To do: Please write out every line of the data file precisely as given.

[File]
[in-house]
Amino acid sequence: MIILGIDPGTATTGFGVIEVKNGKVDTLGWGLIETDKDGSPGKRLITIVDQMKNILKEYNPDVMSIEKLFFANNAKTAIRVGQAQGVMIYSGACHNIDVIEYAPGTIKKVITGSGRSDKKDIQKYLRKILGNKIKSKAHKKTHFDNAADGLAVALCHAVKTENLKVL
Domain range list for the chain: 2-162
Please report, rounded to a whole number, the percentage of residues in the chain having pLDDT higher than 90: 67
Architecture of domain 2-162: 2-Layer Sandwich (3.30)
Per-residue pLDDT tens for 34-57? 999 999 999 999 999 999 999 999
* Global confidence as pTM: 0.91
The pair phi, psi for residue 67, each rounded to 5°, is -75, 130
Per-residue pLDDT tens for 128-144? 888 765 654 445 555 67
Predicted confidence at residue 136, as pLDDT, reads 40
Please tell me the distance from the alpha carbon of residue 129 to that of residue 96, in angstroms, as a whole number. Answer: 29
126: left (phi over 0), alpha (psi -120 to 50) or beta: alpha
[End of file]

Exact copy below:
[in-house]
Amino acid sequence: MIILGIDPGTATTGFGVIEVKNGKVDTLGWGLIETDKDGSPGKRLITIVDQMKNILKEYNPDVMSIEKLFFANNAKTAIRVGQAQGVMIYSGACHNIDVIEYAPGTIKKVITGSGRSDKKDIQKYLRKILGNKIKSKAHKKTHFDNAADGLAVALCHAVKTENLKVL
Domain range list for the chain: 2-162
Please report, rounded to a whole number, the percentage of residues in the chain having pLDDT higher than 90: 67
Architecture of domain 2-162: 2-Layer Sandwich (3.30)
Per-residue pLDDT tens for 34-57? 999 999 999 999 999 999 999 999
* Global confidence as pTM: 0.91
The pair phi, psi for residue 67, each rounded to 5°, is -75, 130
Per-residue pLDDT tens for 128-144? 888 765 654 445 555 67
Predicted confidence at residue 136, as pLDDT, reads 40
Please tell me the distance from the alpha carbon of residue 129 to that of residue 96, in angstroms, as a whole number. Answer: 29
126: left (phi over 0), alpha (psi -120 to 50) or beta: alpha